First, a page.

Sunday, September 27, 2015

The Role of Role Models

"...a role model in the flesh provides more than inspiration,
his or her very existence is confirmation of possibilities one may have
every reason to doubt, saying "Yes, someone like me
can do this."
~Sonia Sotomayor

"It just makes a difference to see someone who looks like you
doing what you want to do."
~Nia Wordlaw, Pilot

The subject of role models has been on my mind for a few days now, ever since I asked a group of women, including several older women, to name some of their role models.  When they - and I - struggled to come up with examples, I recognized the need to give this more thought.

I see now that I could have framed the question much better.  I could have first presented the dictionary definition - role model: n. a person looked to by others as an example to be imitated.  The key word that makes a big difference - imitated, not only respected or admired, but imitated.  How many people in my life have I been moved by enough to want to imitate in any way?

After more deliberation, I realized that I could have asked a more specific question, a more meaningful question - 'Who are the role models for you at this stage in your life?''  Heaven knows, in a forever young* society obsessed with success and beauty, positive role models for older women, and increasingly for men, are hard to come by.  Betty White?  Jane Fonda? Tony Bennett?  Madeline Albrecht.  Most of us don't have their resources, their access to support. Then there are the commercials for older men and women that promote medicines, emergency alert systems, assisted living homes, adult diapers.  "Help me, I've fallen and can't get up."  I know these speak to a certain reality.  But all the statistics I'm reading suggest this is a reality for a small percentage of people over 65.  Not me.  Not my friends.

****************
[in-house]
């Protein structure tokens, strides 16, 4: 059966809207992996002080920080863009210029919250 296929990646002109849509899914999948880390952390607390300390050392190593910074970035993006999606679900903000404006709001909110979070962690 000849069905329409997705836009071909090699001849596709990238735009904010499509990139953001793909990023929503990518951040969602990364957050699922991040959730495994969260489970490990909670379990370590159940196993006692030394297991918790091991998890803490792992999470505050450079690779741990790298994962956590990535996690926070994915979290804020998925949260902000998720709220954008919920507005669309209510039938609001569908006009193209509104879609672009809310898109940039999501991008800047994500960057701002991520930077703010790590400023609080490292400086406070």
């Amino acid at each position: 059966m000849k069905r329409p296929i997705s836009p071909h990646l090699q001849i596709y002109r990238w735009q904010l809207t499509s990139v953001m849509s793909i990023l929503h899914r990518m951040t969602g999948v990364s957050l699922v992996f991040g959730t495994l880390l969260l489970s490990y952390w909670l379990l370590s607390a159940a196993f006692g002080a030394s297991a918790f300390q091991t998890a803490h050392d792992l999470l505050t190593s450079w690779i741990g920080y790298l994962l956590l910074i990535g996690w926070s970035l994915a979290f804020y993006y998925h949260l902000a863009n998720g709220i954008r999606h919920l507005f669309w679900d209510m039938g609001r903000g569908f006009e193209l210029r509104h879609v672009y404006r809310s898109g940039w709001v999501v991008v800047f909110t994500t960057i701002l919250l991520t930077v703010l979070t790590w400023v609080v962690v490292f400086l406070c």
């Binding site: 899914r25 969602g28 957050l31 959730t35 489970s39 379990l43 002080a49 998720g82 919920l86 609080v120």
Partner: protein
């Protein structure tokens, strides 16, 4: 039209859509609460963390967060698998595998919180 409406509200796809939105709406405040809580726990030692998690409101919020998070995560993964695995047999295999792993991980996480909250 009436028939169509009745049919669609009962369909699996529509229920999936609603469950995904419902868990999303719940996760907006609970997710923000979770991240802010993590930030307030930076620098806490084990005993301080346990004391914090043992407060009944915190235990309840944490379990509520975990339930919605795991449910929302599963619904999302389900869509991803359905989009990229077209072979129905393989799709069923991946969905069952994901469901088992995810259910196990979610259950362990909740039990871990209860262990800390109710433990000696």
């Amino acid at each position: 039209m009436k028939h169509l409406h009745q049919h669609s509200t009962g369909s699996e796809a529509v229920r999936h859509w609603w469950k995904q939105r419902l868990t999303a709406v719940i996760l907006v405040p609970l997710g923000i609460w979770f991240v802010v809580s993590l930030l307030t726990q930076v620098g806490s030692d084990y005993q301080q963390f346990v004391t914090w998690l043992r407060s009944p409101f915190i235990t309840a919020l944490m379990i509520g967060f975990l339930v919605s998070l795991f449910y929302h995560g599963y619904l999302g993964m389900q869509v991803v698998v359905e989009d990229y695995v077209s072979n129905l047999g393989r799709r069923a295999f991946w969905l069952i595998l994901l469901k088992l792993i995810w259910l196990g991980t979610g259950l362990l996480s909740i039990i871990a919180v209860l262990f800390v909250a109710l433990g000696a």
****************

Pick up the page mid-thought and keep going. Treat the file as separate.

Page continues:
So, I turned to quotes, scouring hundreds.  The Sonia Sotomayor quote got me thinking about older women from my past who left their mark, even though I did not consciously seek to imitate them at the time.  Women who presented a picture of aging well. Mrs. W., in her 70's when I was in my 20's, intellectually and creatively curious, still weaving, knitting her husband's argyle socks, reading Thackeray and French novels with one eye, the other lost to Glaucoma.  Jane L, a gentle Quaker, then in her late 60's, whose counsel during my divorce I have called upon in subsequent crises, whose equilibrium I've never matched but certainly use as a yardstick.  M and L, ahead of me in the stream by a dozen years, both interesting and interested in politics, art, literature, the larger world that I had ignored, so intent when I first met them on my business, my family.